150 US soldiers’ families drag MTN to court over infractions




About 150 families of US soldiers fighting in Afghanistan have instituted a court case against MTN Group Limited for contravening US’s anti-terrorism, seeking for an unspecified amount in damages.

These are families of US soldiers and civilians who were either killed or wounded due to the war in the country. Five other entities were indicted in the suit.

The families have accused the South African telecom company (and the parent company of MTN Nigeria Communications Plc) of contravening America’s anti-terrorism law.

In specific terms, the company went the extra miles by allegedly paying bribes to top Taliban officials to stop them from bombing the telco’s facilities in war-torn Afghanistan.

MTN was also accused of providing material support to the terrorists when the company allegedly deactivated cell phone towers at the behest of the Taliban.

The company, which apparently operates in war-torn Afghanistan, reportedly resorted to collaborating with the Taliban in order to avoid incurring costly security fees for its transmission masts.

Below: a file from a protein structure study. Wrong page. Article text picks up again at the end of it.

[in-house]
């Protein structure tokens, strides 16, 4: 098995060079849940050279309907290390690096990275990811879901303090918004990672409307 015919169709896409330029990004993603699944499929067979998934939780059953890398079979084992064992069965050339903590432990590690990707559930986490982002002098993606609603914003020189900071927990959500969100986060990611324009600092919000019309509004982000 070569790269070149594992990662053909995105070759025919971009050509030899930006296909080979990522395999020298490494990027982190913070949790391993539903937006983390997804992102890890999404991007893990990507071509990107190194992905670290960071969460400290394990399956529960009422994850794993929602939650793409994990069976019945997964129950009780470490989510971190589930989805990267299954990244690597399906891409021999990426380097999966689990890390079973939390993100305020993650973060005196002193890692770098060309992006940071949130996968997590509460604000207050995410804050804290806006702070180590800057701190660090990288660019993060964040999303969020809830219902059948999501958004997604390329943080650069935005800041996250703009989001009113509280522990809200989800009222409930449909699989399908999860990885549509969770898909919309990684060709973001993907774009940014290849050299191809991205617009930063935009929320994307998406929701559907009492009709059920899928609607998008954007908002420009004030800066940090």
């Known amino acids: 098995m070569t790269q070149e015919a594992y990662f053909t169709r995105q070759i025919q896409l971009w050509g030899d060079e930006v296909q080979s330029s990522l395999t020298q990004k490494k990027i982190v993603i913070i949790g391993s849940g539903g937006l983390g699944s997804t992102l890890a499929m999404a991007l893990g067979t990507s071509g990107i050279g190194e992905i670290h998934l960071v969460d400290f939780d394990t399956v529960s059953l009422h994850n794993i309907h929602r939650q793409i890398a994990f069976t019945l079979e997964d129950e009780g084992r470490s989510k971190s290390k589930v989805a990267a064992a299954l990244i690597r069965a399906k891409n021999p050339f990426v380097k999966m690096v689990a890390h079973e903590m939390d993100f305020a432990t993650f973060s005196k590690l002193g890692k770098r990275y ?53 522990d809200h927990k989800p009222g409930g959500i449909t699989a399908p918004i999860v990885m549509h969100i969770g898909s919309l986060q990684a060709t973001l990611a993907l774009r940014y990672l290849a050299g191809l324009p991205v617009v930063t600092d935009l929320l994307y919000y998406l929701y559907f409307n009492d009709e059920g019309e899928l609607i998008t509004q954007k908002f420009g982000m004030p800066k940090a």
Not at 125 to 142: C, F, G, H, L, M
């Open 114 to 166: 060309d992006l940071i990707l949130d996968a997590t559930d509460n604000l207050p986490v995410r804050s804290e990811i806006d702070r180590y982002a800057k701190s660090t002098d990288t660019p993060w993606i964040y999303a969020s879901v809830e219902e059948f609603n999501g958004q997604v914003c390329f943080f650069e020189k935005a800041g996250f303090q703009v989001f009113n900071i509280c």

It should be noted that for many years, US soldiers have been battling members of the terrorist Taliban set who have been instrumental in orchestrating the chaos in the landlocked Asian country. Therefore, paying any form of bribe to the insurgent group for the purpose of protection is being viewed as an act against US terrorism laws.

MTN has reacted to the lawsuit, stating on Monday that it was reviewing the details of the suit. However, the company stressed that it “conducts its business in a responsible and compliant manner in all its territories” and will defend itself if necessary.

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